Sweet & Spicy Balsamic Brussel Sprouts

Recipe Info

Difficulty: Easy
Mess Level: Low
Yield: 2 Servings
Prep Time: 15 min
Cook Time: 20 min


  • 16 Large Brussel Sprouts
  • 1 Tablespoons Balsamic Vinegar
  • 1 Tablespoon Red Wine Vinegar
  • 1 Tablespoon of Honey
  • 1-2 teaspoons Crushed Red Pepper
  • 2 Tablespoons Grapeseed Oil
  • Salt to Taste
  • Pepper to Taste


  1. Preheat the oven to 400 degrees Fahrenheit.
  2. Rinse the Brussels and cut their stems off, then cut them in half lengthwise. I find this goes fastest if I do it in batches, removing the stems from them all, then halving them all.
  3. Toss them in a bowl with the oil, salt, and pepper. You may not need to use all the oil, just enough to coat them.
  4. In a mason jar or ceramic dish, warm the honey for 10 seconds. Then mix it with the vinegar until it’s all combined. Add the crushed red pepper flakes and drizzle on just enough to coat the Brussels.
  5. Line a pan with foil or parchment and use a slotted spoon to transfer them to the pan. Place them facing down. Roast for 15-20 minutes until caramelized and tender.
  6. Remove them to a serving bowl and drizzle remaining vinegar/honey mixture over them.
  7. Serve immediately. Enjoy!

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Savannah Says...

  1. Why do we roast the Brussels face down?

    1. For optimal caramelization!
      The honey/balsamic combo will release sugar as it cooks which turns to a yummy caramel that will stick to the Brussels as they cook.
  2. Why do you use a combination of vinegars?

    1. Two is better than one!
      To build depth of flavor! You can use any kind of vinegar and just one is fine but I had a little of both on hand so together they went!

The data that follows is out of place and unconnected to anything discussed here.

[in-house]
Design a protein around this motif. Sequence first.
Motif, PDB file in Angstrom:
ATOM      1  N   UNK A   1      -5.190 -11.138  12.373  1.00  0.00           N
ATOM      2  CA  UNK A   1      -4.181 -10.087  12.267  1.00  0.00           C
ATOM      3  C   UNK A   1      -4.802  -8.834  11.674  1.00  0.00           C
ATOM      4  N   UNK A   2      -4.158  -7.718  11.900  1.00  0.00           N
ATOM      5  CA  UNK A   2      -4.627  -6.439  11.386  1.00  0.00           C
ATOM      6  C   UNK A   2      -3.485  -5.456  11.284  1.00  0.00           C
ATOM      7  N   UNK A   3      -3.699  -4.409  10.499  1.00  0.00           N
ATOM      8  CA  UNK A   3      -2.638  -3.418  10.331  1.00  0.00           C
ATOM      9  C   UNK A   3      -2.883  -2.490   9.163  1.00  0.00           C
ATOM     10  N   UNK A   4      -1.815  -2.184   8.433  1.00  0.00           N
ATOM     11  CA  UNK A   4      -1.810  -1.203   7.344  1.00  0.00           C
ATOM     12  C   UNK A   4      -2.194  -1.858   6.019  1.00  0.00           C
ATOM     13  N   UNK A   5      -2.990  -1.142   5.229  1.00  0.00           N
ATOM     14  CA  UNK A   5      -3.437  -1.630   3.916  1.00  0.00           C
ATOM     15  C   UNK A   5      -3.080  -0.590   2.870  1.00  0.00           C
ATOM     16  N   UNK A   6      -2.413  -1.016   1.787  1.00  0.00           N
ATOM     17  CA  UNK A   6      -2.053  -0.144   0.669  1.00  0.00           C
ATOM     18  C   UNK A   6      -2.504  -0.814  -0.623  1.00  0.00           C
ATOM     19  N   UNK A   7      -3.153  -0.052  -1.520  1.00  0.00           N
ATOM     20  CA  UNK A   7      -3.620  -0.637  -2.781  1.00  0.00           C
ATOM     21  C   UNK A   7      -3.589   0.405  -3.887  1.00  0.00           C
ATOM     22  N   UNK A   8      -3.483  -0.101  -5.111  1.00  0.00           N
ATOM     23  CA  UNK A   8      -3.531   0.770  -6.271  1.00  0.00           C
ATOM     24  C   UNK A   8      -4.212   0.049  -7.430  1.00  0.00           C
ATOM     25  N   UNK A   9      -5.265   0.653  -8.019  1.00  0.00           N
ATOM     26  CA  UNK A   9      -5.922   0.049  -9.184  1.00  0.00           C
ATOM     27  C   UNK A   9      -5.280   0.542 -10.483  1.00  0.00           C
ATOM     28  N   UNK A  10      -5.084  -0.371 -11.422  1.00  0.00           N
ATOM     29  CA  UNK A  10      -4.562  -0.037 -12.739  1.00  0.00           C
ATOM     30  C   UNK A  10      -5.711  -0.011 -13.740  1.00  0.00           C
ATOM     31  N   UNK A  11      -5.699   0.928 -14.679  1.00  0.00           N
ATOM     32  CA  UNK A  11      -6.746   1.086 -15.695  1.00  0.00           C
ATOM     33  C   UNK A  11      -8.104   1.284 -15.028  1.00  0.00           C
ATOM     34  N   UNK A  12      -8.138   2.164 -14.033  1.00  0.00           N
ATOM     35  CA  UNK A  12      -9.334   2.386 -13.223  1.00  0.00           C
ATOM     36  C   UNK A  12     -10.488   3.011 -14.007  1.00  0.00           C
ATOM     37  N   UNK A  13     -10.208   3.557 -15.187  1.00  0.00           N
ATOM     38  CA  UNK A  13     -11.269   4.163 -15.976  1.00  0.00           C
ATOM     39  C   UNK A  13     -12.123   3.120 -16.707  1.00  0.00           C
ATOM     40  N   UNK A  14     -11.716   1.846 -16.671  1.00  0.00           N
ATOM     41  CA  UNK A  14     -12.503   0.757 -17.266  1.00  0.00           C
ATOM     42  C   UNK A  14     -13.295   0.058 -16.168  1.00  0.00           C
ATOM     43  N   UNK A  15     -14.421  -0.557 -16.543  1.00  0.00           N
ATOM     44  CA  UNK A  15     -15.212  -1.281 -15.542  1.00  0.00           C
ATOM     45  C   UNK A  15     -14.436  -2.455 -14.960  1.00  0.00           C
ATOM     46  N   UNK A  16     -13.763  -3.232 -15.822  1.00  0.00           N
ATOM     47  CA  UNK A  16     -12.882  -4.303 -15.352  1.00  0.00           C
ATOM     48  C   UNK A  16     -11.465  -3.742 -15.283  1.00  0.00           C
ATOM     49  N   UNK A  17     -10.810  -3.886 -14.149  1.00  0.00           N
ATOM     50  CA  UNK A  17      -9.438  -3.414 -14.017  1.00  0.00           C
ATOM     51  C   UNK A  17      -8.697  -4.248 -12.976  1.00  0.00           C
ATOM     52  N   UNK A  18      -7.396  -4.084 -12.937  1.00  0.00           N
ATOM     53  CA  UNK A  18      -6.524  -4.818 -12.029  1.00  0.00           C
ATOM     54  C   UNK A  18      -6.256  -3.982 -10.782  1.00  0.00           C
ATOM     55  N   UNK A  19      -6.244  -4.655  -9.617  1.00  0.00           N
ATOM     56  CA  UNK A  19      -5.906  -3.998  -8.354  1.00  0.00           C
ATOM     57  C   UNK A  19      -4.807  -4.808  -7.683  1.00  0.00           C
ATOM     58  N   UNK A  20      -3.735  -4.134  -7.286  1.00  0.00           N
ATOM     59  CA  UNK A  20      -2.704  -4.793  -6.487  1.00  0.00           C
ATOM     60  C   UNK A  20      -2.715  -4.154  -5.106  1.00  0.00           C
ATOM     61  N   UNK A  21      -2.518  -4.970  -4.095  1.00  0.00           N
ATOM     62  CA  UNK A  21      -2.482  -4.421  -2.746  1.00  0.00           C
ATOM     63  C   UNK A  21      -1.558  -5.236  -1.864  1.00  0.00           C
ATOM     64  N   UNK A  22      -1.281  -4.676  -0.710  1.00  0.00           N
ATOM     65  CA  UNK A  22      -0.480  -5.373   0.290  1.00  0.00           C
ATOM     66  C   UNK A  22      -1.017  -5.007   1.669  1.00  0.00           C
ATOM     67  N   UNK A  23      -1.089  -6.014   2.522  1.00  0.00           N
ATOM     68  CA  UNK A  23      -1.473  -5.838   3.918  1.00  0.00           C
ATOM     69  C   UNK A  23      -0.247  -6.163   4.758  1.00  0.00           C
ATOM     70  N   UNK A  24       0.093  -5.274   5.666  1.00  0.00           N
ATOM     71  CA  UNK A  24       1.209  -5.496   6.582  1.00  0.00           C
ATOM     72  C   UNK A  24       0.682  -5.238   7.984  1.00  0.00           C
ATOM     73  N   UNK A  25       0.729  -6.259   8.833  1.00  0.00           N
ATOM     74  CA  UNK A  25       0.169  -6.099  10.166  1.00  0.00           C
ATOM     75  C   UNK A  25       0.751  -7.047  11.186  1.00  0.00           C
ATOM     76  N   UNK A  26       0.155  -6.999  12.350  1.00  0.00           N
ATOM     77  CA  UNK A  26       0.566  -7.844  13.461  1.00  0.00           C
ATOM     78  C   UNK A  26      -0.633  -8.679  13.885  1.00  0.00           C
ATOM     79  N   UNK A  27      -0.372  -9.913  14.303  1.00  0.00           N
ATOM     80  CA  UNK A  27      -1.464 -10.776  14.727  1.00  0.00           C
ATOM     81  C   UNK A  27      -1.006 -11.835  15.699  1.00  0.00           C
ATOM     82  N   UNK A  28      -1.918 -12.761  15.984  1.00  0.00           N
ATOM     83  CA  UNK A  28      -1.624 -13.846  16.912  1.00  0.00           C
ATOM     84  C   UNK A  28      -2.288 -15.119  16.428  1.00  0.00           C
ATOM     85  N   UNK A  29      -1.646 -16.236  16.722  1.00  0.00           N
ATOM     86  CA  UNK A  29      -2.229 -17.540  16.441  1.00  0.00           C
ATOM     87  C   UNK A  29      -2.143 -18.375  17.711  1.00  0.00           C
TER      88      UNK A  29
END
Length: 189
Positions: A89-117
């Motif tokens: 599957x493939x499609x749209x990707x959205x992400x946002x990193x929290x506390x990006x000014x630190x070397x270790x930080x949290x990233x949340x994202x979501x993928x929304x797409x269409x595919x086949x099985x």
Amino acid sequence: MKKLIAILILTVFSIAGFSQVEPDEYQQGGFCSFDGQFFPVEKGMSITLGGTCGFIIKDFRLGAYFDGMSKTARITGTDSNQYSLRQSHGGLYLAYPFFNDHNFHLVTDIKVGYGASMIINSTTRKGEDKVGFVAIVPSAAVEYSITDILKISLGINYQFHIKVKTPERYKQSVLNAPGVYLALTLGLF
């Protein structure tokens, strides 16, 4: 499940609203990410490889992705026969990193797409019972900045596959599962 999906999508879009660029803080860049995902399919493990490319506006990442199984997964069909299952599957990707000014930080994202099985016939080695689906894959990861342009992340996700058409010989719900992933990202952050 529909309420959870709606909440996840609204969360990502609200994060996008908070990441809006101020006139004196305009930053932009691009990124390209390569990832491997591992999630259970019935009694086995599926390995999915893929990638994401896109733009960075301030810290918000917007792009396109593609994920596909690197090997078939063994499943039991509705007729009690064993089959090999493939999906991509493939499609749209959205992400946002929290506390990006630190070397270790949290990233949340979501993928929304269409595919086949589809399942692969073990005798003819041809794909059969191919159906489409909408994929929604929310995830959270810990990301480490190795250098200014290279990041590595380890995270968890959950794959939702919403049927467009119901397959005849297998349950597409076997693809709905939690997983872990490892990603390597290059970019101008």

3. What do I do with the Brussel leaves that fall off?

    1. Their fate rests in your hands (or mouth)...
      You can roast them and eat them like candy, discard them, or chop them up for a salad.

Ramblings of a Line Cook

I remember standing in the prep area in one of the kitchens I worked at in Colorado when Tyler, one of the line cooks came busting around the corner with a crazed look in his eyes that you only get during the rush.

He handed me a metal prep bowl and rattled off instructions for roasting off Brussel sprouts because he was going through a lot more of them on the line than he had anticipated. I nodded, eager to please, and darted off to the walk-in where I dragged out a 24-quart container of Brussel sprouts that I had cleaned, halved and destemmed earlier that day.

I dumped some into the bowl, climbed on top of the prep counter to reach the giant box of olive oil and gave them a generous bath. I tossed them with salt and pepper, then lined a giant sheet pan with parchment, spread them out and popped them into the giant, double door oven.

Only 10 minutes later I was surprised to find they were perfectly cooked. Caramelized on the edges and soft in the middle. I popped them onto the speed rack and bellowed at Tyler that they were ready, very impressed with myself that I had just made Brussel sprouts that were about to be served for $8 a small plate.

Brussels can be made with all kinds things but I find the combination of vinegar, spice and honey is always a winner and in a way, it’s like eating candy right off the pan. So pop these in the oven and enjoy the sweet, spicy taste of these balsamic Brussels.

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